Wireless Network Installation In Larger Up Scale Homes

A regular two story single family homes wireless installation usually only will require one wireless router placed centrally in the home. The newer trend that Schaumuburg Computer Repair faces is the new mega tear down homes that are all brick and have three floors with over 4,000 square feet. The question is how do I give the customer the best wireless coverage for the least price.

Standards Tutorial: 802.11b is old don’t use it. 802.11g runs at a reported 54mbps but actual throughput is 22 mbps, it has greater range than 802.11a. 802.11a is mostly used in areas where there are many wireless access points already such as business offices. Also 802.11a network can have more co-located wireless access points because 802.11a has 8 non-overlapping channels while 802.11g has only 3. 802.11n is only a draft version at this point so do not purchase draft n products. I do recommend purchasing 802.11g wireless access point with MIMO (Multi-in Multi out) technology. These access points are configured with two radios, which allow them to send and receive at the same time.

Phase one: Coverage Area – Defining coverage area for the home is very important because defining areas to blanket can effect the customers cost. We have many customers that do a lot of work in detached garages and basements but many people use wireless in only one room. So the rule of thumb is the more areas the need wireless coverage the higher the price for the customer.

Phase two: Site Survey – Perform a site survey to find out what other wireless networks are in the area. This is very important because in might impact whether you install a 802.11g wireless network or a 802.11a wireless network. If we perform a site survey and find many 802.11g wireless networks on varies channels it might be better to install a 802.11a wireless network which runs on a different frequency. Knowing what channels other networks are running on is very important because each one of your wireless access points will need to run on a different channel. 802.11g standards have only three non-overlapping channels, which are 1,6 and 11 while 802.11a has eight non-overlapping channels. The rule of thumb to follow is that 802.11g is subject to more interference but has greater range than 802.11a.

Phase threee: Distibution system – Now you need to decide how you’re going to distribute your wireless network throughout the home. A wireless access point acts a wireless wire so you will still find a method to get a network connection to that wireless access point. You have three options: running network cables throughout the house (The worst option), setting up power line Ethernet, or setting wireless repeaters or bridges. Running network cables is your last option because it requires drilling and time, which equals more cost. Power line Ethernet is great because it turns your power outlets into network cables. All you have two do is plug in one power line adapter by your internet connected wireless router and then plug in adapters throughout the house where you need wireless access points plugged in. Then your final option is to set up wireless repeaters to which will extend your original signal through out your house.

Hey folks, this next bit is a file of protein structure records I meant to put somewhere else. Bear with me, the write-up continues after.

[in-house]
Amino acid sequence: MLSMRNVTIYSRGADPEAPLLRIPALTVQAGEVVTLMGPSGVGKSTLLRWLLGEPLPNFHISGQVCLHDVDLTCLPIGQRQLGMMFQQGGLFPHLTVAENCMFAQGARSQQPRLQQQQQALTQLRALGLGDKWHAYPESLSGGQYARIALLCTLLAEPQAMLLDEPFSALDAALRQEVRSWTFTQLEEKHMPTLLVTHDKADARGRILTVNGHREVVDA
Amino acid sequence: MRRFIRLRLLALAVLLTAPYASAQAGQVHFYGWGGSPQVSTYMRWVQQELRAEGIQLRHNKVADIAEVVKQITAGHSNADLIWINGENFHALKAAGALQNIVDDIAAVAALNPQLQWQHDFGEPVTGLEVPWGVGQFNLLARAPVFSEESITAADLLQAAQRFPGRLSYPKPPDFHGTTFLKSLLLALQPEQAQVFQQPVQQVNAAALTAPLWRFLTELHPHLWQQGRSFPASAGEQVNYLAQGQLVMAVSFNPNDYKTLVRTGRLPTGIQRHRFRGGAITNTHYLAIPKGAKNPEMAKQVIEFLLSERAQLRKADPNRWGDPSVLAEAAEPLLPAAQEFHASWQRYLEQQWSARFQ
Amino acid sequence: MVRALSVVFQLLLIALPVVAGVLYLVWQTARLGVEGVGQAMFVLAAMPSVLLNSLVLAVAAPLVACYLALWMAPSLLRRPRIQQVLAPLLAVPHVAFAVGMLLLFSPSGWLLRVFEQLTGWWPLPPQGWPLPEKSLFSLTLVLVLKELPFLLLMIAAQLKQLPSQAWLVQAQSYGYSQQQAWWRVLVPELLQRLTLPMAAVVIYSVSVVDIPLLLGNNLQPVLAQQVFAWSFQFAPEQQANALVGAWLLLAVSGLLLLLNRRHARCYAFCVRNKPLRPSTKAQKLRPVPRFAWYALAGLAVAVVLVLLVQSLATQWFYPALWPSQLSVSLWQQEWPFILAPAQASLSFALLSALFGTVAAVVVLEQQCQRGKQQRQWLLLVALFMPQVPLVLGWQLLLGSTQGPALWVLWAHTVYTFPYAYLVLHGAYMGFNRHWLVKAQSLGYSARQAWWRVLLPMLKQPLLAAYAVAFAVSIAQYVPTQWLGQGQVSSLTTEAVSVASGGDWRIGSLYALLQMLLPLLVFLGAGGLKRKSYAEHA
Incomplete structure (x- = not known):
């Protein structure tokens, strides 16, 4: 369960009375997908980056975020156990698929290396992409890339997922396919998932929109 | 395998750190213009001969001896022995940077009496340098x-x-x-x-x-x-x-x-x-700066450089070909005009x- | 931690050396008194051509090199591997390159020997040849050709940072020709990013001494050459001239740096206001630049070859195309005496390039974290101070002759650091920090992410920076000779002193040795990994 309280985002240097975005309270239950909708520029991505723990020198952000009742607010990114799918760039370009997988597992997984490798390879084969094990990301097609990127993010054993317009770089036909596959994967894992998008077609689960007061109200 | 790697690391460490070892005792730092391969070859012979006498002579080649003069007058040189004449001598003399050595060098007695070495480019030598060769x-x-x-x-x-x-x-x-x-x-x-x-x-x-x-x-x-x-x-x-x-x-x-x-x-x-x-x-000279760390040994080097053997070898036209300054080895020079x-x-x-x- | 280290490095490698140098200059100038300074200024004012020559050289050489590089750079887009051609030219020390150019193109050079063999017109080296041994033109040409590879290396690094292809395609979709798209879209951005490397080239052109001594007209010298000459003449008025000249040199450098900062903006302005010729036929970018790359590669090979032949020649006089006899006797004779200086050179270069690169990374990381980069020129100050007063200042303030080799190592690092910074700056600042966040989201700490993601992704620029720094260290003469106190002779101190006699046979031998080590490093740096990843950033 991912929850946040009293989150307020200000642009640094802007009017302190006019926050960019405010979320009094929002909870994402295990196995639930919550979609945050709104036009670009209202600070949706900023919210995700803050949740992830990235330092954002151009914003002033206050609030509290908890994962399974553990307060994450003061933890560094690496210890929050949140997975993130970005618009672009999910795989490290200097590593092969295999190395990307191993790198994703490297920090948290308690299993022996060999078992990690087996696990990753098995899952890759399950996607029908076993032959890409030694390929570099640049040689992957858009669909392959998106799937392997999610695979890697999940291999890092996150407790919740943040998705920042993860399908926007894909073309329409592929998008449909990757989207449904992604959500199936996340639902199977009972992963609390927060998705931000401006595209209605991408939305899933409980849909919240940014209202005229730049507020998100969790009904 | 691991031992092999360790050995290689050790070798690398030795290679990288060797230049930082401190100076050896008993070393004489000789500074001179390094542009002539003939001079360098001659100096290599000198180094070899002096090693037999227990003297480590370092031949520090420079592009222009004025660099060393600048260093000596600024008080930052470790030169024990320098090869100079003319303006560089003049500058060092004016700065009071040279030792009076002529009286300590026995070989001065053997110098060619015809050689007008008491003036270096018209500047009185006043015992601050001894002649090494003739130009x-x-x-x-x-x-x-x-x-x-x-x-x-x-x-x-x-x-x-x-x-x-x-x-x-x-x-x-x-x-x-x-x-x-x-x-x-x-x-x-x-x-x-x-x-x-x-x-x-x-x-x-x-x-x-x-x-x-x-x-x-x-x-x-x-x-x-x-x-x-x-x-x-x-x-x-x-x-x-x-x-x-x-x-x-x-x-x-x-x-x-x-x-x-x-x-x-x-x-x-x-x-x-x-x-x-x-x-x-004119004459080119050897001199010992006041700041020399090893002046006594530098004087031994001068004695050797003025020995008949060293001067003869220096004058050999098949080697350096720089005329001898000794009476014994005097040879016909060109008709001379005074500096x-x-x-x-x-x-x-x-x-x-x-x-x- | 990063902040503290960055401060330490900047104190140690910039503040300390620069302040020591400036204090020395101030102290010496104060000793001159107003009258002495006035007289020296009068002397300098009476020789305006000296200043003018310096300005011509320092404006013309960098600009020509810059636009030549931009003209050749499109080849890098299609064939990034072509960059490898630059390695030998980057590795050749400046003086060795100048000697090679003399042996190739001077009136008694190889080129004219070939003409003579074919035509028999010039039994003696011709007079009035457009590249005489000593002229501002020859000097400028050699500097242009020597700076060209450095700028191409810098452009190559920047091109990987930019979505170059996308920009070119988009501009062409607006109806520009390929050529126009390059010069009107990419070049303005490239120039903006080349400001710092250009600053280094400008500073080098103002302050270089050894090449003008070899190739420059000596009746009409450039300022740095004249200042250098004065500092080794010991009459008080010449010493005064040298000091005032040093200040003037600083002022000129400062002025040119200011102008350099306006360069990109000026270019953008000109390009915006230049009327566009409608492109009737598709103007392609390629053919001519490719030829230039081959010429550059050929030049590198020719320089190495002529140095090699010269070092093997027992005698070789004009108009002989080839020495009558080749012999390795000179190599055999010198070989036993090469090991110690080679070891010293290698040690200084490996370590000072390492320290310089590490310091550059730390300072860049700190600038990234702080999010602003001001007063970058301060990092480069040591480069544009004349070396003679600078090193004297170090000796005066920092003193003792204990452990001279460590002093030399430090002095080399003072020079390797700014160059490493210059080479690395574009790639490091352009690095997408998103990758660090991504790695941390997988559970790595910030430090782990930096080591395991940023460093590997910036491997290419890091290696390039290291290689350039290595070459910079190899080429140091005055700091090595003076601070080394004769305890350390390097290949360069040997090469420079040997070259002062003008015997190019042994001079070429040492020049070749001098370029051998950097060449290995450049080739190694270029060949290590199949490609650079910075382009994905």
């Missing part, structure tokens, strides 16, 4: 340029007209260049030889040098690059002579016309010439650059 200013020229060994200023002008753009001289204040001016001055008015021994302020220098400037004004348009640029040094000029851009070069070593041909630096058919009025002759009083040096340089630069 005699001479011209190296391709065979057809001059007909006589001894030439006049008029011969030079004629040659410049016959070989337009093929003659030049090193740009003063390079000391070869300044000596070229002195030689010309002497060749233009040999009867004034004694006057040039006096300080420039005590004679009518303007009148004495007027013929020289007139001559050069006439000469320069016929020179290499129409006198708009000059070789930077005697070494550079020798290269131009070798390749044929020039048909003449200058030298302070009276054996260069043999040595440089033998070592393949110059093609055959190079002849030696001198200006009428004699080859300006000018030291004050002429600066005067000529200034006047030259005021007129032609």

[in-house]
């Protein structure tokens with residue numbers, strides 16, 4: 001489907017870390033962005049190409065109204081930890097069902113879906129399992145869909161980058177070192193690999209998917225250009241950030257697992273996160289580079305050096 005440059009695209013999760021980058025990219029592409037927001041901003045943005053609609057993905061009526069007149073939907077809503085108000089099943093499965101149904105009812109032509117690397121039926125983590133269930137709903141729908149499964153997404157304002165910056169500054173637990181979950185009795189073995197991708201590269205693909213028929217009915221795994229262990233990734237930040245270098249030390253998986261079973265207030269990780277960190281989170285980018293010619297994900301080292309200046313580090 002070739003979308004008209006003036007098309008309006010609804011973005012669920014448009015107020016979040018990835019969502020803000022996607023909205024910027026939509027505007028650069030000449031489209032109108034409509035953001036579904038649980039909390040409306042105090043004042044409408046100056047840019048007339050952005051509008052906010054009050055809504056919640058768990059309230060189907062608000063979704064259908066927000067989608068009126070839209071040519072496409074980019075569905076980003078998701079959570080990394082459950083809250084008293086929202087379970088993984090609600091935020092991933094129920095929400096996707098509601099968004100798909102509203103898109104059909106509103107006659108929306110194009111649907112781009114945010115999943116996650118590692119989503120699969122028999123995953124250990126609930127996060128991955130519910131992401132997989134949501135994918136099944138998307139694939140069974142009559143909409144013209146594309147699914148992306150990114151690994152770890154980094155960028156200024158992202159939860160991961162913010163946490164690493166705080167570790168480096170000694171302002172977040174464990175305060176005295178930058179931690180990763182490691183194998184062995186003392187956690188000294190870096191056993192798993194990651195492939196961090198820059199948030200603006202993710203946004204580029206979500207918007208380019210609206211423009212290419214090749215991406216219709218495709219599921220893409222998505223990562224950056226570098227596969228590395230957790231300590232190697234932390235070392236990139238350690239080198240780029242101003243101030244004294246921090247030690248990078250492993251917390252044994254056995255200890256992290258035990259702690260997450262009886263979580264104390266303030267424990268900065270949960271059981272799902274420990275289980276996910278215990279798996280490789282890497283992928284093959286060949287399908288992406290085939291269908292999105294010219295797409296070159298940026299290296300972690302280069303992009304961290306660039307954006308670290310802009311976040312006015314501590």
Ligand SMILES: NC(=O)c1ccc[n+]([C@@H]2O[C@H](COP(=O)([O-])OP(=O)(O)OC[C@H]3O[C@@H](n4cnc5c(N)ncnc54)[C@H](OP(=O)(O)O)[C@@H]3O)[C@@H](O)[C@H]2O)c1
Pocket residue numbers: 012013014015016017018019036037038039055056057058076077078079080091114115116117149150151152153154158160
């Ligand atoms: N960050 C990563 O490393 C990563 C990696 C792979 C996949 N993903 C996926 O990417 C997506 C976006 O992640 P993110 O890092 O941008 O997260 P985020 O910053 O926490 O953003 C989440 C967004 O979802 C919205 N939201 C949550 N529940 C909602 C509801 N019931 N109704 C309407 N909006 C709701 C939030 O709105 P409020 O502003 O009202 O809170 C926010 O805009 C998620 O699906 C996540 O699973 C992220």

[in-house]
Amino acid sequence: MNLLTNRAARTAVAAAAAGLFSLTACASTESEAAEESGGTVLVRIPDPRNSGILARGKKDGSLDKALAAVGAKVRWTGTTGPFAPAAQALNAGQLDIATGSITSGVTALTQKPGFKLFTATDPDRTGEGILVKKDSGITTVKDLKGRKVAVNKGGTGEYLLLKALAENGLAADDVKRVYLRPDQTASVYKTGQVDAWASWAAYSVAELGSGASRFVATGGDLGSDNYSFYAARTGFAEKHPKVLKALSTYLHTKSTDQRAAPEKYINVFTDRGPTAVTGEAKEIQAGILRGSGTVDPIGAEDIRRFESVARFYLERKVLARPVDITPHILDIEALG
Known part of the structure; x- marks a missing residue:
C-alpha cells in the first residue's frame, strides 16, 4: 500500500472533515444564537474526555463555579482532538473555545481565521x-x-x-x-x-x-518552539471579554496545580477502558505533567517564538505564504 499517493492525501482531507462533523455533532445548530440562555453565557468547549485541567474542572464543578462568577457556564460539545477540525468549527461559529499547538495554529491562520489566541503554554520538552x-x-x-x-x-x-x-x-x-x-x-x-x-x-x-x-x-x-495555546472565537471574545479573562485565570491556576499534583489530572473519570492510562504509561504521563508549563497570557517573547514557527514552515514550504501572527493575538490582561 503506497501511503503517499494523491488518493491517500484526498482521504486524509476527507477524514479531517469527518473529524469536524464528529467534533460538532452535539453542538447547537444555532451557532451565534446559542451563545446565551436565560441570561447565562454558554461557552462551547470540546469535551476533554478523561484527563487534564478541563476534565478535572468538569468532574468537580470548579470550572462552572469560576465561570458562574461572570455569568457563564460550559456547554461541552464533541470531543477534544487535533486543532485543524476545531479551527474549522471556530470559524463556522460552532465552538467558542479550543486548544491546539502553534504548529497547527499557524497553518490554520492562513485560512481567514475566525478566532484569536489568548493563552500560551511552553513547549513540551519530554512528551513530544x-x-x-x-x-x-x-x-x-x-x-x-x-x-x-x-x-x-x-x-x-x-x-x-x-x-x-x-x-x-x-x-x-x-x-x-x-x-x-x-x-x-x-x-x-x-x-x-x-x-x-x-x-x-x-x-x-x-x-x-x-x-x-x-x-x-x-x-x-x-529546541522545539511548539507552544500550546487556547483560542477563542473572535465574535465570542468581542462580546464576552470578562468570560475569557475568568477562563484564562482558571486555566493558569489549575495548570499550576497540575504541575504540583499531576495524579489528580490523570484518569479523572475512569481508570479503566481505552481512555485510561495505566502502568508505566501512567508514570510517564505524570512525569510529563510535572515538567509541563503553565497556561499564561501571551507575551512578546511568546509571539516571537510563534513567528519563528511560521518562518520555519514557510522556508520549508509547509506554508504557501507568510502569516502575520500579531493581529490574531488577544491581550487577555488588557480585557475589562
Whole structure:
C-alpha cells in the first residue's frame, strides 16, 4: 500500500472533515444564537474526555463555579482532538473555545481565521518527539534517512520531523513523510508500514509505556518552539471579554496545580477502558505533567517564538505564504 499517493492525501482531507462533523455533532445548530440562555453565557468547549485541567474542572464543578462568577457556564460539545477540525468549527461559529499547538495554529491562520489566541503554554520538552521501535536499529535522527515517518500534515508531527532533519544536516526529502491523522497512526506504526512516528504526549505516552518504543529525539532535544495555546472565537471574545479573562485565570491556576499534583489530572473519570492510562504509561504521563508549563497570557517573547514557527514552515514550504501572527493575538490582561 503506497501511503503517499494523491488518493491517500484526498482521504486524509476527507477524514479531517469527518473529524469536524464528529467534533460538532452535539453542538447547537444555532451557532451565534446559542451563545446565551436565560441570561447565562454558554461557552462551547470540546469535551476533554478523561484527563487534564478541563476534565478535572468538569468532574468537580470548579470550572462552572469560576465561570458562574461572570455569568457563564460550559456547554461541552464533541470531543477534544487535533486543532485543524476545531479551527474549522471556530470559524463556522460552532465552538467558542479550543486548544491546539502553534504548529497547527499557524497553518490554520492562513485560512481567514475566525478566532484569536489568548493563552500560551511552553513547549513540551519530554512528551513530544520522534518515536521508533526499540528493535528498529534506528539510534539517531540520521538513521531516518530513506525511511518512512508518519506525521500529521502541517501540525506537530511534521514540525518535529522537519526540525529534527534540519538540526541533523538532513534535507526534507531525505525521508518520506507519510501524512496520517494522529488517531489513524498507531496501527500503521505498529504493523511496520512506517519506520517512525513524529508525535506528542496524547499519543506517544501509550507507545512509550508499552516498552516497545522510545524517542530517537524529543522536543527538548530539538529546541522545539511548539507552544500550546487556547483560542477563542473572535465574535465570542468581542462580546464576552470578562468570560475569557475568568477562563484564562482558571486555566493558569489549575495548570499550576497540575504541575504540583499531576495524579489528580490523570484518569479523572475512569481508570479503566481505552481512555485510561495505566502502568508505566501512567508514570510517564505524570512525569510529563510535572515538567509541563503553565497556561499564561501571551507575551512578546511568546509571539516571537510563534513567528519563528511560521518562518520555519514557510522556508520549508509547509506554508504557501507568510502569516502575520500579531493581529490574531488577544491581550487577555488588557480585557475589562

Phase four: Access point Placement – Your first access points should be in the most central parts of the home with supplemental wireless access points placed in hard to reach areas. Keep the wireless access points away from large metal objects and if the wireless access point can’t be placed in a central location use directional antennas to point the wireless signal internally instead of outside.

Phase five: Wireless access point Configuration – Your site survey will have revealed that 99% of the population purchases a wireless access point from best buy plugs it in and leaves all the defaults. So that means that their SSID is linksys and the wireless router / access point are on channel 6. Our larger home wireless network will need two to three wireless access points so we will configure our first two wireless access points on channels 1 and 11. If a third one is needed then you can use channel 6; just make sure user connections aren’t dropped after the wireless clients are configured. Next you will want to name your wireless network (SSID). Choose a obscure name like house, a color or some thing that can’t link the network with the family. The reason for that many people have their SSID as there last name and the there network key the same or a pet or child’s name. The more hacker knows about the family the easier it will be to hack the network

Phase 6: Security – You will want to use AES encryption with WPA2 handling for the majority of wireless networks. If your clients are going to be gaming over the wireless network you could consider using WEP 128 because on older wireless access points AES encryption is processor intensive. The myth is that wireless encryption can be hacked in five minutes which is true if you have enough network packets to crack. The whole process is collecting the packets then cracking those packets, the collection of those packets could take weeks if not months. Then after the packets are collected the encryption has to be cracked.

To determine what wireless card /chipset you have, open up a terminal and type the following. Special Thanks to http://www.wirelessninja.com
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